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Vangundy hired as deputy coroner


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Tammy Vangundy
Tammy Vangundy


GREENFIELD — A former coroner who was removed from office in 2012 after showing up, impaired, to the scene of a death investigation has rejoined the staff as a deputy coroner.

Tamara Vangundy served as the elected coroner from 2009 until mid-2012, when she was arrested at the scene of a suicide with a blood-alcohol content of 0.16 percent, twice the legal limit. She served one year of probation after pleading guilty in the case, and Friday, she said she is ready to put the past behind her.

“I took responsibility,” said Vangundy, who added that elected Coroner Crystel Myers asked her to rejoin the staff. “I did what was necessary to fulfill the punishment that was given to me, and I’ve moved on and become a better person. Lessons learned.”

Vangundy said her certification to investigate deaths has remained valid, and she hopes to enter the rotation of deputy coroners as early as next week.

“It’s an honor to be able to serve my community again,” she said. “So many prayers have been answered.”

Vangundy, who also works part time at a local store and as a business manager for a dental office, will join Chief Deputy Coroner Rudy Nylund and deputy coroners Steve Slinkard and David McWhorter.

Meanwhile, Myers has stopped taking on death investigations as she battles legal troubles of her own.

Myers was arrested on a theft charge in December after she was accused of shoplifting at Wal-Mart in Greenfield. She is awaiting trial.

Nylund confirmed Friday that while Myers has focused on her criminal case, he and Slinkard have taken the vast majority of cases – about 50 total so far this year.

Vangundy said Myers, who could not be reached for comment, approached her about rejoining the staff to ease the burden on her deputies.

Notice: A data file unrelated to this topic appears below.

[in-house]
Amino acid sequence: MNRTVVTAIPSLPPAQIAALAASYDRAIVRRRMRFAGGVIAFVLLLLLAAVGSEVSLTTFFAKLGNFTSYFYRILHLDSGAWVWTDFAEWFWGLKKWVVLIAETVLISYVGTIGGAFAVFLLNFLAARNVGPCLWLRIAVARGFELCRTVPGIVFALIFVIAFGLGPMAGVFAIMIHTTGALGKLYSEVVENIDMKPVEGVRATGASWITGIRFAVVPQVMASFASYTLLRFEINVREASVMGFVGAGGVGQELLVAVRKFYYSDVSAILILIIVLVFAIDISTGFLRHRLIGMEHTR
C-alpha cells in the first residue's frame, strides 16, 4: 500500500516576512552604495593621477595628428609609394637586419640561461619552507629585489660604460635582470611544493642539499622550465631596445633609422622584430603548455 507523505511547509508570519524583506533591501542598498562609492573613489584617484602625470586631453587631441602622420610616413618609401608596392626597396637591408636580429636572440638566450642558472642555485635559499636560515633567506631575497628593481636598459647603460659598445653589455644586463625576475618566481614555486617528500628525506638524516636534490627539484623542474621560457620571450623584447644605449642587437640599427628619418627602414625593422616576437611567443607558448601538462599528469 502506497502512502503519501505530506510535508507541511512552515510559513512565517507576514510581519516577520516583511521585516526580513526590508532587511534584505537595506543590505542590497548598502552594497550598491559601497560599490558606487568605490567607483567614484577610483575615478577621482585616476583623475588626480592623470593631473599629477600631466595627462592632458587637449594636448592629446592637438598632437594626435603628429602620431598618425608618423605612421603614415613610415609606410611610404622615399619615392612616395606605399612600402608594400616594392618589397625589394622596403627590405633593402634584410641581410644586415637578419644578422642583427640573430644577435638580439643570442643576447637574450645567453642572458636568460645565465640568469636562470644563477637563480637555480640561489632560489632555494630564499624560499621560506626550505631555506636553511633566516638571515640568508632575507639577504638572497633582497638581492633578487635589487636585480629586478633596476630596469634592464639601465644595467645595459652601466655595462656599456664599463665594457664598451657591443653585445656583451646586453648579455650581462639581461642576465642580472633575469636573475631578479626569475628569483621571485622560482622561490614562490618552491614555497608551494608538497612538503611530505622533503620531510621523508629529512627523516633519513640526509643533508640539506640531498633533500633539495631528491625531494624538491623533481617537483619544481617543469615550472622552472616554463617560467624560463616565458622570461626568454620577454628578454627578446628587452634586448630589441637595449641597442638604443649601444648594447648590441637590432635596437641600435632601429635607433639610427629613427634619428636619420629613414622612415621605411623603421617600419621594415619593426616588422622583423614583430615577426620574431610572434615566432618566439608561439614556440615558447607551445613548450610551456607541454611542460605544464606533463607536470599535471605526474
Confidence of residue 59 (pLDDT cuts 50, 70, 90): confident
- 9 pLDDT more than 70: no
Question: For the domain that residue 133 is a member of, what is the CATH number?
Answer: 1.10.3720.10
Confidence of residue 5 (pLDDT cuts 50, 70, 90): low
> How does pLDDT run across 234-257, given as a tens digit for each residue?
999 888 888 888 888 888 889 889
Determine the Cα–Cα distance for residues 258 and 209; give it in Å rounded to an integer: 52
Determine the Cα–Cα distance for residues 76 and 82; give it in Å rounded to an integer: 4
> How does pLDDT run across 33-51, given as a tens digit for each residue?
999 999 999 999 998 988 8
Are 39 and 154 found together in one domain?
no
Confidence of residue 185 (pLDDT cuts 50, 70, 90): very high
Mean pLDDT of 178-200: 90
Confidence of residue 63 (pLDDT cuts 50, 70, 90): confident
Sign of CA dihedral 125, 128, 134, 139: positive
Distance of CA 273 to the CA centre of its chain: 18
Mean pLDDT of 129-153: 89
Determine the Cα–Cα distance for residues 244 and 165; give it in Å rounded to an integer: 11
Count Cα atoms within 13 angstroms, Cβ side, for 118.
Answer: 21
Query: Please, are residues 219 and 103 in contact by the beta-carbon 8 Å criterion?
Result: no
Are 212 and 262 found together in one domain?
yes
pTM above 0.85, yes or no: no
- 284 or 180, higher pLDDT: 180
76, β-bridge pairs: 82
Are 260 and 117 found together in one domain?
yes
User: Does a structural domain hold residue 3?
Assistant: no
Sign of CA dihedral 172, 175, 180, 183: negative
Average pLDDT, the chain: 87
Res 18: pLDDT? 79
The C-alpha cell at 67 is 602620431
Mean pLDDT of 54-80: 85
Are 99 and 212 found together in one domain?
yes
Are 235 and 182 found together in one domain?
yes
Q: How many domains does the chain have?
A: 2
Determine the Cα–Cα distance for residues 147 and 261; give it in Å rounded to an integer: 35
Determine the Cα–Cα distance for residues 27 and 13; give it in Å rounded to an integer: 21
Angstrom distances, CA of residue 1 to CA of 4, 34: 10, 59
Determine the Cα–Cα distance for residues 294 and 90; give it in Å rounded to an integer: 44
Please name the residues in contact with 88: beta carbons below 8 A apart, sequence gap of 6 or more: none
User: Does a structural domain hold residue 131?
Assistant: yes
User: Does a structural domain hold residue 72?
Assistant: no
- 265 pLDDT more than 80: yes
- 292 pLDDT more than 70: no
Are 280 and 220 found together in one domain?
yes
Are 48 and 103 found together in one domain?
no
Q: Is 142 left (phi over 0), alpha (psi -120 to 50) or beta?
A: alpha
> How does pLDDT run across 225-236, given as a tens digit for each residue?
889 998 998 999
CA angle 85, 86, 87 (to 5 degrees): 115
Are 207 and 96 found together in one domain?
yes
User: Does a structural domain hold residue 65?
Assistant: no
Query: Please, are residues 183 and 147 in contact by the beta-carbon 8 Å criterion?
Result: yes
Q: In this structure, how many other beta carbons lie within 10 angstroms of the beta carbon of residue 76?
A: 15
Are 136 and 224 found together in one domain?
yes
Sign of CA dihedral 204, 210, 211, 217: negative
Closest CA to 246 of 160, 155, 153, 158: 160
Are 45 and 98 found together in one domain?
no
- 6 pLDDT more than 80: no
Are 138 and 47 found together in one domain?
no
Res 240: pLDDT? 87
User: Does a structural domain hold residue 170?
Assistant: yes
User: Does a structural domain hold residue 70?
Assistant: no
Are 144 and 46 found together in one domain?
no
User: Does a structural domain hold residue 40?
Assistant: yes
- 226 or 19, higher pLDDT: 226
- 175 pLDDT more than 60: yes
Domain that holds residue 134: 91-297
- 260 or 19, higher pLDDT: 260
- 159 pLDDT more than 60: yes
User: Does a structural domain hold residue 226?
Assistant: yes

“It’s overwhelming, and it’s not fair to them because they’re losing their family lives,” she said. “I’m here just to help this department.”

Nylund said he received a text message from Myers about two weeks ago indicating she planned to ask Vangundy to rejoin the staff but he has not spoken to her since.

Vangundy applied for a deputy coroner position after Myers was elected to succeed her. Myers said then she didn’t think the community had been given enough time to heal.

Nylund said he wants to set up an in-person meeting with Myers and Vangundy before adding Vangundy to the coroner call rotation.

“I just want to make sure everyone is on the same page before I start assigning any new deputy (to a death investigation),” Nylund said.

Prior to winning the coroner election in 2008, Vangundy served as a deputy coroner for eight years. It was a job she said she remains passionate about doing for her community.

“Everyone’s entitled to a second chance,” she said. “I did my job with passion. I did my job with respect. When the opportunity came (to be a deputy coroner), I just started crying. I was just praising God.”

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